HERO bill voter denial receives national attention

“No Men in Women’s Bathrooms” played role with rejection

Crystal Grant, Staff Writer

The Houston Equal Rights Ordinance (HERO), which prohibits discrimination based on gender identity and sexual orientation, as well as 13 other different classes from housing and employment discrimination, was rejected by voters last Tuesday.

While the Ordinance received support from President Obama and national gay rights and civil rights groups, it was rejected with a vote of 61 percent versus 39 percent.

The bill received opposition from many conservatives and religious leaders who claimed the ordinance had nothing to do with protecting citizens from discrimination.

Instead, the bill was all about pushing a gay agenda onto the city.

The ordinance was also designed to exempt religious institutions and organizations from compliance.

“No Men in Women’s Bathrooms” was a common slogan used to criticize the bill, claiming that it would allow access for possible predators to inflict harm on women in restrooms.

Lieutenant Governor Dan Patrick, one of the key leaders opposing the ordinance, stated, “It’s just common sense and common decency. We don’t want men in women’s lady rooms.

It was about protecting our grandmoms and our mothers and our wives and our sisters and our daughters and our granddaughters.”

Senior Jenika Mitchell notes the importance of separating prejudiced points of view from liberation.  

“Regardless of people’s personal feelings, everyone should be free from discrimination,” she said.  “Personal option should not dictate someone else’s freedom.”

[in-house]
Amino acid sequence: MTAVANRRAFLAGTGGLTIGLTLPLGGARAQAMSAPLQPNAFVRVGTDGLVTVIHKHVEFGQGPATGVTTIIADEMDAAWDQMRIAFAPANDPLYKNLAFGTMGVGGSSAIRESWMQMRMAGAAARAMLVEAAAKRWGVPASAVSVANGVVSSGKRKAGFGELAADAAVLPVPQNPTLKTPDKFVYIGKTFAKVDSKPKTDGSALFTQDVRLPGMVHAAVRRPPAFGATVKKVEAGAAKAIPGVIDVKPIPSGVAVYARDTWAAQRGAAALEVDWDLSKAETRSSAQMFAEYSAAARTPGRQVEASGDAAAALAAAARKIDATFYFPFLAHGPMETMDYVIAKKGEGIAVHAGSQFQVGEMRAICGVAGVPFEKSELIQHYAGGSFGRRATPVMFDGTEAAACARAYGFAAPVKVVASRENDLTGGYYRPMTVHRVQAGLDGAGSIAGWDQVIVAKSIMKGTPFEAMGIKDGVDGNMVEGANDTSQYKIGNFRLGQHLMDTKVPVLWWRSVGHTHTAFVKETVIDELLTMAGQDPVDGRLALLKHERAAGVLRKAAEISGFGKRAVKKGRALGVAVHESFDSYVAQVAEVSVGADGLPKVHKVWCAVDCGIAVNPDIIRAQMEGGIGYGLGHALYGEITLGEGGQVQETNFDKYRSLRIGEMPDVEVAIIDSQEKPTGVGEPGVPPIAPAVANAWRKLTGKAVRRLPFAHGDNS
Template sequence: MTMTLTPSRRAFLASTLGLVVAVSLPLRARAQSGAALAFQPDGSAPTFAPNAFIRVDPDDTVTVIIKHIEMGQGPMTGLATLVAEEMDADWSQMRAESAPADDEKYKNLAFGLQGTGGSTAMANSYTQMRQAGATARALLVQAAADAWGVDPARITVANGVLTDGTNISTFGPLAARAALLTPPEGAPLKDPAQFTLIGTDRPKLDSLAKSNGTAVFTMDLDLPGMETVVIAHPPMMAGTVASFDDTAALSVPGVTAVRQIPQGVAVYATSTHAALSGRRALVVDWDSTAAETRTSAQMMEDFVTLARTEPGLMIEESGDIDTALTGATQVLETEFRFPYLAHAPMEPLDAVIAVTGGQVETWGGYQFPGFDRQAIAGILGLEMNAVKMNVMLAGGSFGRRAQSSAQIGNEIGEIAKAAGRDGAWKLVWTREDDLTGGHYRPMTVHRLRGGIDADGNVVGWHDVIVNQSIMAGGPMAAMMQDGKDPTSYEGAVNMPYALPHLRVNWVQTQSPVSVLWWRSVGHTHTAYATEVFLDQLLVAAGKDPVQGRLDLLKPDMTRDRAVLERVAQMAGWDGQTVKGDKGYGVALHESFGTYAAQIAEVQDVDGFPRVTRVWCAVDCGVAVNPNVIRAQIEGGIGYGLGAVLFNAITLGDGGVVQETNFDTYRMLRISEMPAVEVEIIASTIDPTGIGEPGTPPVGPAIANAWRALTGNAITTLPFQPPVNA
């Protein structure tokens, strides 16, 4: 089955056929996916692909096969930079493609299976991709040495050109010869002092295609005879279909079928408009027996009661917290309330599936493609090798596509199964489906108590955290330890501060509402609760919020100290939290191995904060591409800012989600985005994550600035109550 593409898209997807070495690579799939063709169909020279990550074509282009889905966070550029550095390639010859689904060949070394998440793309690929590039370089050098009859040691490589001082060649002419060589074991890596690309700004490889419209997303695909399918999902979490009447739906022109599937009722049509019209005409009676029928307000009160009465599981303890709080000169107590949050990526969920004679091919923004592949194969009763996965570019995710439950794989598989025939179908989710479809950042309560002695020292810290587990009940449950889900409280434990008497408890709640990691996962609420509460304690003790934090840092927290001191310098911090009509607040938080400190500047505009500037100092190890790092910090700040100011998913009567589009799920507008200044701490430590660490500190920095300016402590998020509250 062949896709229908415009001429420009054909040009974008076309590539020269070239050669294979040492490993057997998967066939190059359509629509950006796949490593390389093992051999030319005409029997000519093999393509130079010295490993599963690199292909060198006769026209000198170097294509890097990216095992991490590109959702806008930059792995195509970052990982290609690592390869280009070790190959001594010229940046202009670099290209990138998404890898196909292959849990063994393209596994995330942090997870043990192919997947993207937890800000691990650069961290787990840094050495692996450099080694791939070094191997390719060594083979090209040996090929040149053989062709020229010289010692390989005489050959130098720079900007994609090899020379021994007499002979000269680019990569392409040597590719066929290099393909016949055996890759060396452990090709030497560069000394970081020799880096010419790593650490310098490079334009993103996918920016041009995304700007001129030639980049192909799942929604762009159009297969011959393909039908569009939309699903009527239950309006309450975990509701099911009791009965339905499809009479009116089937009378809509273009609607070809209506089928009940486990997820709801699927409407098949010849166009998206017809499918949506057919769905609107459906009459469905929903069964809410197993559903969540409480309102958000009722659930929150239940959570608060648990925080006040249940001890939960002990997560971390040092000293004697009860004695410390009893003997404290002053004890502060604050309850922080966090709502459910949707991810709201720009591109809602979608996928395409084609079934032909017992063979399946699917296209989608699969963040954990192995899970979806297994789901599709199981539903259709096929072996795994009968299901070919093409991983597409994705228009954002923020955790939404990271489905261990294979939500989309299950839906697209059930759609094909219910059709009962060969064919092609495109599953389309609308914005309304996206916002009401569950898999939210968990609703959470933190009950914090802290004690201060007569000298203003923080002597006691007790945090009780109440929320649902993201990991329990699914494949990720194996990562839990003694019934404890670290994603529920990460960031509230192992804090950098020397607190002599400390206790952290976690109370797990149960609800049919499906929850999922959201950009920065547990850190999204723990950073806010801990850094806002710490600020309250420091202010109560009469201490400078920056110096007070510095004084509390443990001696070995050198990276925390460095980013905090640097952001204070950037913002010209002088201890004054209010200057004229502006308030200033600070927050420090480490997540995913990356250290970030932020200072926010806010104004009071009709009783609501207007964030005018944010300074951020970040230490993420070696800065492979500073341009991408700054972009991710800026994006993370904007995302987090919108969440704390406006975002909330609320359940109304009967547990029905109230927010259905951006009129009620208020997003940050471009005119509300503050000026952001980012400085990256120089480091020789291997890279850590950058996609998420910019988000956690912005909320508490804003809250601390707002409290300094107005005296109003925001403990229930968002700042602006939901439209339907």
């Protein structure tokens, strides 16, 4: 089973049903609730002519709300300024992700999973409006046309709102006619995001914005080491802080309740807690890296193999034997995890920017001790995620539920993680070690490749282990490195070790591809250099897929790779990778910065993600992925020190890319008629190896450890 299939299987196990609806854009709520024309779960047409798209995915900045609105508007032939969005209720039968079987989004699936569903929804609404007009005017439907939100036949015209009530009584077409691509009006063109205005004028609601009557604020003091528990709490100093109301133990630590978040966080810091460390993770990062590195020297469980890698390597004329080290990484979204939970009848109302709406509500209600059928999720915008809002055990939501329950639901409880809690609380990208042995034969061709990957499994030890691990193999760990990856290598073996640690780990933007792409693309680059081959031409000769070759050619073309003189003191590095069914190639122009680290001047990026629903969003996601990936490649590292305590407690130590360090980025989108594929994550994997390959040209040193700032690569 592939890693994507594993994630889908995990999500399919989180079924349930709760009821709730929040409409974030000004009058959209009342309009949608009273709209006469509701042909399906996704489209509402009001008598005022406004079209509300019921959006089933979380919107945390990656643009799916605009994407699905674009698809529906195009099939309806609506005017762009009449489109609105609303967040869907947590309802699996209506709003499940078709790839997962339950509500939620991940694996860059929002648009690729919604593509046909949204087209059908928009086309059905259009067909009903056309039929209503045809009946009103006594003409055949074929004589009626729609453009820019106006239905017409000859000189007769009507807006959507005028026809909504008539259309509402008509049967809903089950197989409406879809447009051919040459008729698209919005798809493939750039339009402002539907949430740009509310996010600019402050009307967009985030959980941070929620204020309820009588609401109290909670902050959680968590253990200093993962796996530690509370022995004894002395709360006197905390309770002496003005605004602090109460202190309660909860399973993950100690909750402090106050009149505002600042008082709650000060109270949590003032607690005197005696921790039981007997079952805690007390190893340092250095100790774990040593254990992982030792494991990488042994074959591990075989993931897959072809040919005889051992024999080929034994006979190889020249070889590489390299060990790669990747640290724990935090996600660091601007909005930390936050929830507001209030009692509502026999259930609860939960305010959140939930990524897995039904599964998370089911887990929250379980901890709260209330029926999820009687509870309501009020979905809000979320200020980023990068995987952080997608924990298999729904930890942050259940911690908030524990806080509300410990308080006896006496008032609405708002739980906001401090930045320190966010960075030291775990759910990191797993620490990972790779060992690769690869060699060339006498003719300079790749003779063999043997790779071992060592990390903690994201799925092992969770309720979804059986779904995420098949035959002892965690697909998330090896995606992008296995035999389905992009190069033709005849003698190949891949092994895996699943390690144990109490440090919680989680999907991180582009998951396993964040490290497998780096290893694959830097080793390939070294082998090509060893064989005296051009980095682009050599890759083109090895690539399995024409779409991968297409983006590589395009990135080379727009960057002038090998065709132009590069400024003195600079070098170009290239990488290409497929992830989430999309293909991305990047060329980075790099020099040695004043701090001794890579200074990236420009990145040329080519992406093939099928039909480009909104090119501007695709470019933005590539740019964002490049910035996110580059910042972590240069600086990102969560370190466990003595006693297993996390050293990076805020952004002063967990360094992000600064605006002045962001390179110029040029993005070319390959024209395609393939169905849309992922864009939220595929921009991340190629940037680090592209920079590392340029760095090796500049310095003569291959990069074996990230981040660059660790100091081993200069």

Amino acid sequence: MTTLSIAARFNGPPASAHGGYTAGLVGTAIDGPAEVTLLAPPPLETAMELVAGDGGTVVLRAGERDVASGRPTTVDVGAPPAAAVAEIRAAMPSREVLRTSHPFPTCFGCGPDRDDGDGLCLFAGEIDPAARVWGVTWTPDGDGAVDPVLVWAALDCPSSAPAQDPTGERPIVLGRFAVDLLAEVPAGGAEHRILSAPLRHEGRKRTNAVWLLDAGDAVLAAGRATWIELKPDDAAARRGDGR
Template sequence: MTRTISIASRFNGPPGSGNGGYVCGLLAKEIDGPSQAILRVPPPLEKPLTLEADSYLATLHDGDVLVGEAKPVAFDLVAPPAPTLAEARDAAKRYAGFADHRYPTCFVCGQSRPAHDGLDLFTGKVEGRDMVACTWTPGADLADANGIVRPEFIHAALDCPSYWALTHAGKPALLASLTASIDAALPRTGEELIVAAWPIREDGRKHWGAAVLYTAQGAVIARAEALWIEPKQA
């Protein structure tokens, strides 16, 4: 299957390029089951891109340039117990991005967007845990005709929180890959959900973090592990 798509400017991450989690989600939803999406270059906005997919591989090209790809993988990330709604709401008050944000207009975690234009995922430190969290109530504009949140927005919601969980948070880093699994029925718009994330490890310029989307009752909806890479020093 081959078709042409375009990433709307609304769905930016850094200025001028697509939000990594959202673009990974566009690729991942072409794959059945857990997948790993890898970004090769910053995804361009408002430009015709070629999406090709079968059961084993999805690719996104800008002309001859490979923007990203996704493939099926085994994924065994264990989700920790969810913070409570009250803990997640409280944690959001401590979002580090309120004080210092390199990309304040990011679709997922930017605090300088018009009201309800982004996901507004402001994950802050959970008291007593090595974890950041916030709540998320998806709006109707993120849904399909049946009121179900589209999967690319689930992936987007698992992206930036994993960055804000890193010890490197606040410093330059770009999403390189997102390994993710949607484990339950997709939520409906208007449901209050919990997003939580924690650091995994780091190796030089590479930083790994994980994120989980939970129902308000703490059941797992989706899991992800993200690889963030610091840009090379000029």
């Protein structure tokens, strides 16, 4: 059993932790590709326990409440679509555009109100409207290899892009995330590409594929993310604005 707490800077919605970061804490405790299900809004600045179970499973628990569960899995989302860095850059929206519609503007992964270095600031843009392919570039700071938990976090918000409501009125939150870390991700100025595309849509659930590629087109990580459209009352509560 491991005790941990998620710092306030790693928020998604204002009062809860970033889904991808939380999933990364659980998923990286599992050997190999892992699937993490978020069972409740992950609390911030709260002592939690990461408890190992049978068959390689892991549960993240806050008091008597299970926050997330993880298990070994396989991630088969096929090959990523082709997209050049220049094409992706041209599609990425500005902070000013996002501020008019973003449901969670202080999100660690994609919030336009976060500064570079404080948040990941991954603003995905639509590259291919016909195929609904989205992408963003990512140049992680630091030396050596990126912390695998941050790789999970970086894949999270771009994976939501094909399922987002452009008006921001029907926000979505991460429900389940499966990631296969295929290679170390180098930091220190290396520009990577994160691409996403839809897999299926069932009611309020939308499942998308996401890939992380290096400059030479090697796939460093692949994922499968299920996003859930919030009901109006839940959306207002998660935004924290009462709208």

Annise Parker, Houston’s openly lesbian mayor, expressed her disappointment  towards the rejection of the ordinance.

While stating her views towards the campaign launched in opposition to the ordinance, she said, “This is a campaign of fear mongering and deliberate lies. This isn’t misinformation. This is a calculated campaign of lies designed to demonize a little understood minority.”

Senior Jessica Fejos believes that all humans should be able to feel safe, especially from any bigotry.

“Everyone deserves to be protected from discrimination,” she said.

Although one major focus of the bill was to end discrimination based on gender identity and sexual orientation, it would have also guaranteed protection from discrimination based on sex, race, color, ethnicity, national origin, age, religion, disability, pregnancy and genetic information, as well as family, marital or military status, which already have protection under federal law.

After the results of the vote, Mayor Parker is concerned about the future of Houston.

“Unfortunately, I fear that this will have stained Houston’s reputation as a tolerant, welcoming, global city,” she said.